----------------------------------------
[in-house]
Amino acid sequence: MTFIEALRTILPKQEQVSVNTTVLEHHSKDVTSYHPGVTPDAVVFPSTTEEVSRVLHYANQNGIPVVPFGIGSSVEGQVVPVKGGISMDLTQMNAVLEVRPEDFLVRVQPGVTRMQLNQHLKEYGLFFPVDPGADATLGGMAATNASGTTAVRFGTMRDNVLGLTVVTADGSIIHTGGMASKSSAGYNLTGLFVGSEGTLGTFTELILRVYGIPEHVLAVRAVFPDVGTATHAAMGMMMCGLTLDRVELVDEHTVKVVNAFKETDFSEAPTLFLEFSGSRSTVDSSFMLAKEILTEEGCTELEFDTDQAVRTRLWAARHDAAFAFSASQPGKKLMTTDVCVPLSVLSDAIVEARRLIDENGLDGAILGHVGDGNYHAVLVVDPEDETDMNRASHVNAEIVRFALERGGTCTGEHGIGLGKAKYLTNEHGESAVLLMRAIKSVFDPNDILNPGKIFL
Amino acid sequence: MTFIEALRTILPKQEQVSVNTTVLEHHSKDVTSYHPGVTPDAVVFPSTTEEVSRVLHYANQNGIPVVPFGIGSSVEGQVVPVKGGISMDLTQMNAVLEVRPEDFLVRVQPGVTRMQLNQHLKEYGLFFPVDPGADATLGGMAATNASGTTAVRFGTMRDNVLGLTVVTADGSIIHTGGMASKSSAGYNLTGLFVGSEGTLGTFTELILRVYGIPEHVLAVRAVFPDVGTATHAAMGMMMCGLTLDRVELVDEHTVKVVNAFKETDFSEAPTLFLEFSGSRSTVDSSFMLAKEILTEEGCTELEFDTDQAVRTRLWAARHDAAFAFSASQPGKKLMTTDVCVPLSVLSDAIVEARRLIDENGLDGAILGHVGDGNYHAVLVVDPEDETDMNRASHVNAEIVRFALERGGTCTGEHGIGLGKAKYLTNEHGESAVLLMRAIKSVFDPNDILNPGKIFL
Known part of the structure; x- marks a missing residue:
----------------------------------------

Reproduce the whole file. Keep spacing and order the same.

[in-house]
Amino acid sequence: MTFIEALRTILPKQEQVSVNTTVLEHHSKDVTSYHPGVTPDAVVFPSTTEEVSRVLHYANQNGIPVVPFGIGSSVEGQVVPVKGGISMDLTQMNAVLEVRPEDFLVRVQPGVTRMQLNQHLKEYGLFFPVDPGADATLGGMAATNASGTTAVRFGTMRDNVLGLTVVTADGSIIHTGGMASKSSAGYNLTGLFVGSEGTLGTFTELILRVYGIPEHVLAVRAVFPDVGTATHAAMGMMMCGLTLDRVELVDEHTVKVVNAFKETDFSEAPTLFLEFSGSRSTVDSSFMLAKEILTEEGCTELEFDTDQAVRTRLWAARHDAAFAFSASQPGKKLMTTDVCVPLSVLSDAIVEARRLIDENGLDGAILGHVGDGNYHAVLVVDPEDETDMNRASHVNAEIVRFALERGGTCTGEHGIGLGKAKYLTNEHGESAVLLMRAIKSVFDPNDILNPGKIFL
Amino acid sequence: MTFIEALRTILPKQEQVSVNTTVLEHHSKDVTSYHPGVTPDAVVFPSTTEEVSRVLHYANQNGIPVVPFGIGSSVEGQVVPVKGGISMDLTQMNAVLEVRPEDFLVRVQPGVTRMQLNQHLKEYGLFFPVDPGADATLGGMAATNASGTTAVRFGTMRDNVLGLTVVTADGSIIHTGGMASKSSAGYNLTGLFVGSEGTLGTFTELILRVYGIPEHVLAVRAVFPDVGTATHAAMGMMMCGLTLDRVELVDEHTVKVVNAFKETDFSEAPTLFLEFSGSRSTVDSSFMLAKEILTEEGCTELEFDTDQAVRTRLWAARHDAAFAFSASQPGKKLMTTDVCVPLSVLSDAIVEARRLIDENGLDGAILGHVGDGNYHAVLVVDPEDETDMNRASHVNAEIVRFALERGGTCTGEHGIGLGKAKYLTNEHGESAVLLMRAIKSVFDPNDILNPGKIFL
Known part of the structure; x- marks a missing residue: